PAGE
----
War is cruel in so many ways. For those who fight to protect freedoms, war can temporarily (and sometimes permanently) deprive individuals of freedoms -- wives and children unable to interact with husbands and fathers, soldiers without the comforts of home, everyone living with the uncertainty of what the next day or moment will bring, and frequently lives extinguished. War, in whatever form it is fought, is devastating. I hope for and look forward to a time when the countries of the world can live peacefully within their own boundaries and not feel the need to overtake and dominate other countries.

I'm grateful to my brother, Bob, for sharing this memory. Thank you.

Saturday, August 6, 2011

Hope for Finding the Ladies

(Apologies for using my male ancestor's name in the image at right. I wasn't searching for and didn't find one of my own female ancestors this morning.)

Don't discount the possibility of finding a will for one of your female ancestors until you've searched the will books. In my early days of working on family history I read several books that strongly suggested that women in the 1800s rarely had wills. Rare doesn't mean nonexistent.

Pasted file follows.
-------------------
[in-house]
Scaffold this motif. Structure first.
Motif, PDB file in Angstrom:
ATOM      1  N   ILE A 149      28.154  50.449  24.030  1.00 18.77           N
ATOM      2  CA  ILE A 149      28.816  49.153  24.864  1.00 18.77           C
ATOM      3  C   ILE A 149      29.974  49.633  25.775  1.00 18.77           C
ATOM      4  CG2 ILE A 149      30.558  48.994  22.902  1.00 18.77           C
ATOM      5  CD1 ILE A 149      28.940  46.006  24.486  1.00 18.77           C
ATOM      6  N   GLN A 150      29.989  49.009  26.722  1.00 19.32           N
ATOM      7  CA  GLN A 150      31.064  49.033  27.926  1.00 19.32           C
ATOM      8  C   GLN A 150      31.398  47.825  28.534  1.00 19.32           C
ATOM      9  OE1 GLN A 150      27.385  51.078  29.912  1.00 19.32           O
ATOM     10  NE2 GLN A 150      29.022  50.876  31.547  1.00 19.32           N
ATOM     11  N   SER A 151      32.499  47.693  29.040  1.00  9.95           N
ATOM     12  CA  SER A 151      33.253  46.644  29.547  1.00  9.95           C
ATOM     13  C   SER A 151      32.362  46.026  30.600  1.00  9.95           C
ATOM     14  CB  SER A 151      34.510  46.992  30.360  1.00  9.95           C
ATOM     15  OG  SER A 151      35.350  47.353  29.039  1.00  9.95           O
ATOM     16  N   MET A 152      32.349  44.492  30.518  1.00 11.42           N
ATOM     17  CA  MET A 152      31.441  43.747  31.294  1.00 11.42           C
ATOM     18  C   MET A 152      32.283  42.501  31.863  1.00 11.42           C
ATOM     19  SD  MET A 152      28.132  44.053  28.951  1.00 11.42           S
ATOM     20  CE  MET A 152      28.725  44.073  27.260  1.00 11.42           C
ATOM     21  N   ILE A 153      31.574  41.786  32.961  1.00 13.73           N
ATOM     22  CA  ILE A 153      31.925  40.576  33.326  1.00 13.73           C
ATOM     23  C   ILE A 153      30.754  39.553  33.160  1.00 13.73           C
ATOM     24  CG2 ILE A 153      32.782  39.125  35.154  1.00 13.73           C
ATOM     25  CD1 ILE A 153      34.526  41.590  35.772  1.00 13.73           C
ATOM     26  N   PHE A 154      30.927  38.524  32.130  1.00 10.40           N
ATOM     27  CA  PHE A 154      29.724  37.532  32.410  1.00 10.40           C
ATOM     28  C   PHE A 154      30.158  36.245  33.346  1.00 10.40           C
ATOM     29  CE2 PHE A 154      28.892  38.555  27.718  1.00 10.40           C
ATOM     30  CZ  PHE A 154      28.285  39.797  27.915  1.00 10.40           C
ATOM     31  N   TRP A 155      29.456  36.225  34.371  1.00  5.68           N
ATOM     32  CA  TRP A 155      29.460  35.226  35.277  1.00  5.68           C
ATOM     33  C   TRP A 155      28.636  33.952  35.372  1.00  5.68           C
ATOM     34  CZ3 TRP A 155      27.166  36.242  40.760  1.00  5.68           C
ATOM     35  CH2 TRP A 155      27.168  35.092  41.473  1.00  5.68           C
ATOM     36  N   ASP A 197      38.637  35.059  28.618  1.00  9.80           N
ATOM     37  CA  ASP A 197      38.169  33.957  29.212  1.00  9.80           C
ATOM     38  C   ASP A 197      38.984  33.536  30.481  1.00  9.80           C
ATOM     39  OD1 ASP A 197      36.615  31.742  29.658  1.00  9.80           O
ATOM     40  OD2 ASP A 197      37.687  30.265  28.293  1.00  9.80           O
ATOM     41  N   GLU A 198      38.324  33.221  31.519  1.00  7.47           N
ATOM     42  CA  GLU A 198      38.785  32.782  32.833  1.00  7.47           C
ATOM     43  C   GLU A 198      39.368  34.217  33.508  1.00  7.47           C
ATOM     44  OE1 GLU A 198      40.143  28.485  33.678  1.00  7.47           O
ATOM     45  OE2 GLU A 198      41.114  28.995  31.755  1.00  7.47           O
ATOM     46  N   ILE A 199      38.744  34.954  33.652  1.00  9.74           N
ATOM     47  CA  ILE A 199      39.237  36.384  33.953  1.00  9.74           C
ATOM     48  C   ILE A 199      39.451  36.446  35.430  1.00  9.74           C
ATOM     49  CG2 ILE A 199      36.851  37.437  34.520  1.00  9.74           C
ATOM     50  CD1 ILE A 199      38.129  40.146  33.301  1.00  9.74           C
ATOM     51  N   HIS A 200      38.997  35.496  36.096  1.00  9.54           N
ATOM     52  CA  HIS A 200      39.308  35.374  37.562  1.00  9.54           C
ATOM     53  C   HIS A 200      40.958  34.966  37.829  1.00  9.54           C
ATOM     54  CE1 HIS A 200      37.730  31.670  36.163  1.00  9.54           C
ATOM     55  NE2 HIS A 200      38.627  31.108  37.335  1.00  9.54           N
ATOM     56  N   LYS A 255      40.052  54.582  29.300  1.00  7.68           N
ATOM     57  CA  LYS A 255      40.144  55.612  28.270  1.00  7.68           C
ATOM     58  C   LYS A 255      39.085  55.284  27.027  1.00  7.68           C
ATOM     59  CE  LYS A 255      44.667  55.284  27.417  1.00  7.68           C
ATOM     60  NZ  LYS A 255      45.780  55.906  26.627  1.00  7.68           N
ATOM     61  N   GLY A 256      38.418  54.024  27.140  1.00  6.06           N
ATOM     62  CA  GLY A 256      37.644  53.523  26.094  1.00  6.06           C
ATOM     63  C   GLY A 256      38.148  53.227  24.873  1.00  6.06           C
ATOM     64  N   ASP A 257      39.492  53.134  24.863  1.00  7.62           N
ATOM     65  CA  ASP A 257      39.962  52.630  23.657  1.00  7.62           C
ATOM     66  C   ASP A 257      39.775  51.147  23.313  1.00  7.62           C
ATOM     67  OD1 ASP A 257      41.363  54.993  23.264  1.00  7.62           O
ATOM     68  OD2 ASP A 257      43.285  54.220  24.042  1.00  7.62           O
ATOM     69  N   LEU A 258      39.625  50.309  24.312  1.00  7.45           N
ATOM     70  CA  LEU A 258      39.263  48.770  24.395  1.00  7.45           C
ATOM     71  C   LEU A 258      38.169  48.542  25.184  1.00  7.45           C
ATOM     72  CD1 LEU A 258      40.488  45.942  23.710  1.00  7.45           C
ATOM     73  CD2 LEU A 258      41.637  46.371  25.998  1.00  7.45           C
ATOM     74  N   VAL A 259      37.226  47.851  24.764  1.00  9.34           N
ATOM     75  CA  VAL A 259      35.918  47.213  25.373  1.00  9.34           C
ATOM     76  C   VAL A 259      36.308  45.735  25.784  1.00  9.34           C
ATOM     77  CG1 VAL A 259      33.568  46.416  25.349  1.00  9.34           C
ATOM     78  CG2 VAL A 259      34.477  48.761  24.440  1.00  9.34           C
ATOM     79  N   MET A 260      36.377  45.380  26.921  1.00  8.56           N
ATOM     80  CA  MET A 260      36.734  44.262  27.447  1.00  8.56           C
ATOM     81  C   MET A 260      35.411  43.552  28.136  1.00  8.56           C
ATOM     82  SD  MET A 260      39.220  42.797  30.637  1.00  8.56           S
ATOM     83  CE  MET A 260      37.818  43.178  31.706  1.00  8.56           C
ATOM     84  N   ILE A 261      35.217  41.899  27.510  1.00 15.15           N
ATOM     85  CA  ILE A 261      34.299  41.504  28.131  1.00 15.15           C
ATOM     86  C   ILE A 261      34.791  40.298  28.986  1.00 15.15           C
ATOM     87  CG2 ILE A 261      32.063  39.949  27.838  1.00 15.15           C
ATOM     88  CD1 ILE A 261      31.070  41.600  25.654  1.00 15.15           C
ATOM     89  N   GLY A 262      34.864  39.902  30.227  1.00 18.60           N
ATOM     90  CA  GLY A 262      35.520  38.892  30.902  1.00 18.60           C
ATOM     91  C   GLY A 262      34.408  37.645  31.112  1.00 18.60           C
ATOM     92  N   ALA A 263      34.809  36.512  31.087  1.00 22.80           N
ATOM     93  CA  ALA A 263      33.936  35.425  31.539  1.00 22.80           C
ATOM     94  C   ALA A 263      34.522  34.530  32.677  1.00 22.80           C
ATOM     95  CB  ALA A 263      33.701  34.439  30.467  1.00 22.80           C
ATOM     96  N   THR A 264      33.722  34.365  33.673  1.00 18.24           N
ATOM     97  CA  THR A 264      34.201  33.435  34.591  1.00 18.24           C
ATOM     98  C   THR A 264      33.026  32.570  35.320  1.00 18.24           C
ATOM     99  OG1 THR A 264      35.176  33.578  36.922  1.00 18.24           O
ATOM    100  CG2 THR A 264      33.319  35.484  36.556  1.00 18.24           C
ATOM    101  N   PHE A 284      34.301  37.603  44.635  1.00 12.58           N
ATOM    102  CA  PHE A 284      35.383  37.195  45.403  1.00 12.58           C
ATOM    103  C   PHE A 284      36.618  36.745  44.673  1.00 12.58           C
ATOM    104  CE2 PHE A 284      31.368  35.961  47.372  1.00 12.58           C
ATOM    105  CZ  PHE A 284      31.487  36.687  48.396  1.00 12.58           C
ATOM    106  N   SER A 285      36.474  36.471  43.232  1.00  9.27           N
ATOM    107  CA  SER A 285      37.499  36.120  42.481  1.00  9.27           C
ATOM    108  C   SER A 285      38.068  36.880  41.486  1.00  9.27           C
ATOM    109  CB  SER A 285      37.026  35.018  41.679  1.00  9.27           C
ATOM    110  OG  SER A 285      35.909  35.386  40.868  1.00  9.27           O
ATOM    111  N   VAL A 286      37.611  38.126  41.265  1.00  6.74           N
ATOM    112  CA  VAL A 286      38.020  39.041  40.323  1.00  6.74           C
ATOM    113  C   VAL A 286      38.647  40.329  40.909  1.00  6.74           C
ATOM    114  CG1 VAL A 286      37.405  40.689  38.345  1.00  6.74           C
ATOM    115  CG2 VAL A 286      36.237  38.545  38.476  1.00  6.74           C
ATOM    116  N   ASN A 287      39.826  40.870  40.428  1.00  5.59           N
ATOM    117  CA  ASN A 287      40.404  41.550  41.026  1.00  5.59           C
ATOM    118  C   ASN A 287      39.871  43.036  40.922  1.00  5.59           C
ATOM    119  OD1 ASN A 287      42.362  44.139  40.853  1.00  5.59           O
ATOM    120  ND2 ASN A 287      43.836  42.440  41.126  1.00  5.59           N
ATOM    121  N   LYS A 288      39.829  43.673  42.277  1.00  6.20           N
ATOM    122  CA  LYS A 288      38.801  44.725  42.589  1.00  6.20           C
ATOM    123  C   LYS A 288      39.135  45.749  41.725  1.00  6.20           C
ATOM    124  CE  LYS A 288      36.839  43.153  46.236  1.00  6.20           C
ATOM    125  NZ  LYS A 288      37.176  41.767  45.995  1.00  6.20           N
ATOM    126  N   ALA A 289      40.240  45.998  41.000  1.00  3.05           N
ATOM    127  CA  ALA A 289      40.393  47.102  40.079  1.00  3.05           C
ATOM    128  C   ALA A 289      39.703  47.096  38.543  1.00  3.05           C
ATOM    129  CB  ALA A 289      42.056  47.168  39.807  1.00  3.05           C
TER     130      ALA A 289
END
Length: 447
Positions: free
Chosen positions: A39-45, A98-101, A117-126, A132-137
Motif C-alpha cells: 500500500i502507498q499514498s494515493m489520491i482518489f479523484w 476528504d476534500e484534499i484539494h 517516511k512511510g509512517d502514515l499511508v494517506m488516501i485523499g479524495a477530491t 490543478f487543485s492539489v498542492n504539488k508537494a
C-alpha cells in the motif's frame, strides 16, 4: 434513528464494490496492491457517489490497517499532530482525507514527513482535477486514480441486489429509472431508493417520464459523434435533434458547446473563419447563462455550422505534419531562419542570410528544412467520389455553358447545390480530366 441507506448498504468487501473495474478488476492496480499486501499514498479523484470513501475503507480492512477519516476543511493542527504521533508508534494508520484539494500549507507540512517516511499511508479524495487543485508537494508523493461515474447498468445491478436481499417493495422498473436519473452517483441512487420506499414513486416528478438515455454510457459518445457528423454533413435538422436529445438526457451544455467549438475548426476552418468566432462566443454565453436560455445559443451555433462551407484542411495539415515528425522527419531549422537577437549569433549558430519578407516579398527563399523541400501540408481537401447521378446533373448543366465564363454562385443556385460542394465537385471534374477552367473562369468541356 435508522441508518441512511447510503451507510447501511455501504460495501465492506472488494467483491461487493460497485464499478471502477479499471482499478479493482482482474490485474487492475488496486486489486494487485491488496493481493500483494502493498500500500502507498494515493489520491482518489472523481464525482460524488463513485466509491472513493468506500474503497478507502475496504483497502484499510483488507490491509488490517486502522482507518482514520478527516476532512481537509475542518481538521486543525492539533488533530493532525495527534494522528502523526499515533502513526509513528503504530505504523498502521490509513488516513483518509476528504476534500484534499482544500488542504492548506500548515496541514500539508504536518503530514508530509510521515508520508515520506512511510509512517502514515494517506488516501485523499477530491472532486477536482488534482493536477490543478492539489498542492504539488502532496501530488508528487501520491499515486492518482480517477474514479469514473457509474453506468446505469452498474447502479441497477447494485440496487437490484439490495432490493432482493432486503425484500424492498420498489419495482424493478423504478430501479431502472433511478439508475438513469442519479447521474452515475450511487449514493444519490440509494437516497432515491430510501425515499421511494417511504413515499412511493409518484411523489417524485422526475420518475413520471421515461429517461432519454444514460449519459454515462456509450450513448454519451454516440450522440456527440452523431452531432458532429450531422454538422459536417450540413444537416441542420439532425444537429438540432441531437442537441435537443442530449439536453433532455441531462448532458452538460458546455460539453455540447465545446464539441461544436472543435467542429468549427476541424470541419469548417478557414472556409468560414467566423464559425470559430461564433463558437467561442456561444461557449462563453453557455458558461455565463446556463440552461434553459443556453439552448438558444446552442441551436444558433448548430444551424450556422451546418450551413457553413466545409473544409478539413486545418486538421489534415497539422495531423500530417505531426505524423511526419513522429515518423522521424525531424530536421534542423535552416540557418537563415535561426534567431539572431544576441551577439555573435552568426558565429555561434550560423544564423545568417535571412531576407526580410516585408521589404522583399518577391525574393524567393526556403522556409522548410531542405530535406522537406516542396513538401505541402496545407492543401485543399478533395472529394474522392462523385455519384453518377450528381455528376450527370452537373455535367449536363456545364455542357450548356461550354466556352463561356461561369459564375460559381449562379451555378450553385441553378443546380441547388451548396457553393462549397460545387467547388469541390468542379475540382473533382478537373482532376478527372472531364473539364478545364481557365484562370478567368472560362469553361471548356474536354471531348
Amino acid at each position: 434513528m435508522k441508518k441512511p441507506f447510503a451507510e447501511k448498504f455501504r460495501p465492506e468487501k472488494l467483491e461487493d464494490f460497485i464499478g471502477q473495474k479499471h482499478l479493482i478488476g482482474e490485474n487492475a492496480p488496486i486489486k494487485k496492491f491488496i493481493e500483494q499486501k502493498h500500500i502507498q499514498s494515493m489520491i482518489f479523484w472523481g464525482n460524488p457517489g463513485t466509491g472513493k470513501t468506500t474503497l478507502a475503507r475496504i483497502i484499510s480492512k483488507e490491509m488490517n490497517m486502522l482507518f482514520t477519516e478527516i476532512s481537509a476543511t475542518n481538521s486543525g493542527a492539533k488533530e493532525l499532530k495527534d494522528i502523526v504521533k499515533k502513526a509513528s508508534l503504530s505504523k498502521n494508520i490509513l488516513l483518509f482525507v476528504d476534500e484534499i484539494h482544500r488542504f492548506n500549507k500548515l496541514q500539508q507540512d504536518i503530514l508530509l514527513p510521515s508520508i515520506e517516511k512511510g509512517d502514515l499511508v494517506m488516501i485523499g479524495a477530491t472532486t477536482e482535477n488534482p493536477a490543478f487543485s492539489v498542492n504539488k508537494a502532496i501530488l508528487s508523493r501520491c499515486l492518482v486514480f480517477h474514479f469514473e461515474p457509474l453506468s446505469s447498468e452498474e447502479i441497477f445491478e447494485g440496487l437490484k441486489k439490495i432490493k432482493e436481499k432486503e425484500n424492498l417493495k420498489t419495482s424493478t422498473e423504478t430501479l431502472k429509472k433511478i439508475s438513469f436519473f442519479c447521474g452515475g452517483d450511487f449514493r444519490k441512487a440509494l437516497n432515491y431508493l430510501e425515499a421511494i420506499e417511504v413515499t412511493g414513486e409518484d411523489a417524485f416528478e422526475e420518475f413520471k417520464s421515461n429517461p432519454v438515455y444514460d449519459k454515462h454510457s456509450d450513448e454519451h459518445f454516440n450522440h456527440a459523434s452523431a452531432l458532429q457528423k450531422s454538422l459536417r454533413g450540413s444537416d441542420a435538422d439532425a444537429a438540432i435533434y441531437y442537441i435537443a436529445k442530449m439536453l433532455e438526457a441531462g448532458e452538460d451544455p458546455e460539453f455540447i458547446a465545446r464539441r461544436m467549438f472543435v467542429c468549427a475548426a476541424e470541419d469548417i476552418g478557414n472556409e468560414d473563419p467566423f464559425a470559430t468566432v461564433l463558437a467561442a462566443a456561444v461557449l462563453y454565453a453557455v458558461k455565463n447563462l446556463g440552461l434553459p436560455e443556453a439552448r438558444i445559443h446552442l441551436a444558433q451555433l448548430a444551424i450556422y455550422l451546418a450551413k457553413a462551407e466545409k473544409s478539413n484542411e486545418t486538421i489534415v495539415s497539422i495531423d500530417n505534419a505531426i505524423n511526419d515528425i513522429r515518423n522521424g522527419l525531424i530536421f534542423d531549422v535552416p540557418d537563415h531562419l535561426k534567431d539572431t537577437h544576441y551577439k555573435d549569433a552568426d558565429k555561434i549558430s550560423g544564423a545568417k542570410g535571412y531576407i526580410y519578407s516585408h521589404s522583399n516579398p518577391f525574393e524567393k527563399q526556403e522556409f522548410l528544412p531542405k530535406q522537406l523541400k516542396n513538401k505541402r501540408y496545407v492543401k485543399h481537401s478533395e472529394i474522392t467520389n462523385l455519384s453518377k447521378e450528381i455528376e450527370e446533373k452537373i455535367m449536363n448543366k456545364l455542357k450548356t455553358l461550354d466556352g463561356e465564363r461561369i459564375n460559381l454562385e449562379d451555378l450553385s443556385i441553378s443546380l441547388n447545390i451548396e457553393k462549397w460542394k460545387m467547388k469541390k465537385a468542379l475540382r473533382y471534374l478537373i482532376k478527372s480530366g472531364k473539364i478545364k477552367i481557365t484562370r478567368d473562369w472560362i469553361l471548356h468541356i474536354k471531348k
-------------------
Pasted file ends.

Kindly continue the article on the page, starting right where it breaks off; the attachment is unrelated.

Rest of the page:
While looking through the microfilm of a Butler County, Pennsylvania, will book at the Family History Center (FHC) this morning, I was struck by the number of women's names I saw. I mentally noted that at least one in every ten wills was that of a woman.

You can find microfilms of will books for U.S. counties in the Family History Library Catalog by typing in the location where your ancestor may have died, looking at the film notes, jotting down the film number, then finding a local FHC and ordering the film. The shipping and processing for each film costs $5.50 and will stay at your local FHC for one month.

One in ten is a low percentage but if your ancestor happens to be one of those ladies who recorded a will, you may have found a gold mine of information.

Friday, August 5, 2011

Carrot Pudding and White Candy - Family Recipe Friday

This is another recipe from my Grandmother Emma Bickerstaff Meinzen's Webster's Spelling Recipe Book.

It's hard to decide what kind of dish Carrot Pudding is. At first I thought it was a savory side dish but after reading all the ingredients, changed my mind and decided it must be a dessert. What do you think?